Anal sphincter complex muscles defects and dysfunction in asymptomatic parous women

  • Milena M. Weinstein
  • Dolores H. Pretorius
  • Sung-Ae Jung
  • Jennifer J. Wan
  • Charles W. Nager
  • Ravinder K. Mittal
Original Article


Introduction and hypothesis

We aimed to determine anatomy and function of anal sphincter complex using three-dimensional ultrasound (3D-US) and manometry in asymptomatic parous women.


3D-US of puborectalis muscle (PRM), external (EAS), and internal anal sphincters (IAS) anatomy was performed in 45 women without pelvic floor dysfunction. To assess function, rest and squeeze vaginal and anal pressures were measured. Based on 3D-US, subjects were divided into injured and uninjured groups.


Forty-four of 45 subjects had adequate PRM images. The injured PRM (N = 14) group had significantly lower vaginal pressures as compared with uninjured PRM group (N = 30; p = 0.001). Four of 45 subjects with IAS and EAS defects had lower resting and squeeze anal canal pressure. Muscle injury to IAS, EAS and PRM in the same individual was uncommon.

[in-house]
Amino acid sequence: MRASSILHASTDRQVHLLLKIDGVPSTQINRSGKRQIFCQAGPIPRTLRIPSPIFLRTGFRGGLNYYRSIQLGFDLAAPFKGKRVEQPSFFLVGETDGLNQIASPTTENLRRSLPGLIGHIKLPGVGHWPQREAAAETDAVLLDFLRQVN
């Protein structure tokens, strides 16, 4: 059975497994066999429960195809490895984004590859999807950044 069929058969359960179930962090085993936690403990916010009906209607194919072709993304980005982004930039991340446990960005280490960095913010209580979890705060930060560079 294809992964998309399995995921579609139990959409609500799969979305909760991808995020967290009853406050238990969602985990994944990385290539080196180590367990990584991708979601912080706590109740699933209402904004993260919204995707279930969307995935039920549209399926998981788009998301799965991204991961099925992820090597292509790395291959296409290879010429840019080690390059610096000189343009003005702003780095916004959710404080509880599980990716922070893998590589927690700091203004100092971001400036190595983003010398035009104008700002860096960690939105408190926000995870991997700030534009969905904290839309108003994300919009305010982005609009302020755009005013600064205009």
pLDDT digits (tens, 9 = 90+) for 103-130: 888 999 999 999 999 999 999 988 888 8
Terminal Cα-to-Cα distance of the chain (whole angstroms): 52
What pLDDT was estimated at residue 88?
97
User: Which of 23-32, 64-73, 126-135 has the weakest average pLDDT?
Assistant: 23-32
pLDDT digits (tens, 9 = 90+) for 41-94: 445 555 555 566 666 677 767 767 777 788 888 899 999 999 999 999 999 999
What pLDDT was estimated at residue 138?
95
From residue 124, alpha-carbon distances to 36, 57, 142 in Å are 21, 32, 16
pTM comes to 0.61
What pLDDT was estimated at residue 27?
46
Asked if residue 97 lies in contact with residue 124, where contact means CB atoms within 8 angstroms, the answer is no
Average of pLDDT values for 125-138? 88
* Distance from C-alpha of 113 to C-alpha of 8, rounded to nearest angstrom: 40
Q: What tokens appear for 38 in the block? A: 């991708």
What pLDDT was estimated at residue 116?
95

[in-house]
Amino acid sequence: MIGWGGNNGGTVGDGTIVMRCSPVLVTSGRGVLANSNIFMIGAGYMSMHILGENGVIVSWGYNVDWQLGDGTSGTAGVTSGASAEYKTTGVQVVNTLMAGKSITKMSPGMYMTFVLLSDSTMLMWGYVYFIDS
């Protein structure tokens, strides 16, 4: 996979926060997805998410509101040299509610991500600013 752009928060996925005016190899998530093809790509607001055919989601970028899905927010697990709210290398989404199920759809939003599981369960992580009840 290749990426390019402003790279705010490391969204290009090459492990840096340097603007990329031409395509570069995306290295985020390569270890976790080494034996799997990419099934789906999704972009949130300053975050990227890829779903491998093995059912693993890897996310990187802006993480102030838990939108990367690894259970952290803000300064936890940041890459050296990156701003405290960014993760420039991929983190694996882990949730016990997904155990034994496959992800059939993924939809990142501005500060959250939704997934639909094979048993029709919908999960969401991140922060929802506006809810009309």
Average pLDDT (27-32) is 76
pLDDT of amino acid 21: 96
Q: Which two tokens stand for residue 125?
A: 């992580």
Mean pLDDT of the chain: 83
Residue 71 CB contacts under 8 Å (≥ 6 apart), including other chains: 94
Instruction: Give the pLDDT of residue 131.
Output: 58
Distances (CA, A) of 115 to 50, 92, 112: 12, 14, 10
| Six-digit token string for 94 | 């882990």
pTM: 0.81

In asymptomatic parous women, PRM defects were more common than the EAS/IAS defects but defects in more than one muscle were infrequent. Subjects with injured PRM had low vaginal pressure than the ones without.


Anal manometry Anal sphincter complex Three-dimensional ultrasound Vaginal manometry 



three-dimensional ultrasound


external anal sphincter


factorial analysis of variance


Fecal Incontinence Severity Index


internal anal sphincter


Incontinence Impact Questionnaire, short form


puborectalis muscle


Urinary Distress Inventory, Short Form



Financially supported by NIH RO1 grant DK60733

Conflict of interest



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Copyright information

© The International Urogynecological Association 2011

Authors and Affiliations

  • Milena M. Weinstein
    • 1
    • 2
  • Dolores H. Pretorius
    • 1
    • 3
  • Sung-Ae Jung
    • 1
    • 4
    • 5
  • Jennifer J. Wan
    • 1
  • Charles W. Nager
    • 1
    • 6
  • Ravinder K. Mittal
    • 1
    • 4
  1. 1.The Pelvic Floor Function and Disorder GroupUniversity of CaliforniaSan DiegoUSA
  2. 2.Department of Vincent Gynecology, Division of Urogynecology and Reconstructive Pelvic SurgeryMassachusetts General Hospital, Harvard Medical SchoolBostonUSA
  3. 3.Department of RadiologyUniversity of CaliforniaSan DiegoUSA
  4. 4.Department of Internal Medicine, Division of GastroenterologyUniversity of CaliforniaSan DiegoUSA
  5. 5.Ewha Womans University College of MedicineSeoul CityRepublic of Korea
  6. 6.Department of Reproductive Medicine, Division of Urogynecology and Reconstructive Pelvic SurgeryUniversity of CaliforniaSan DiegoUSA

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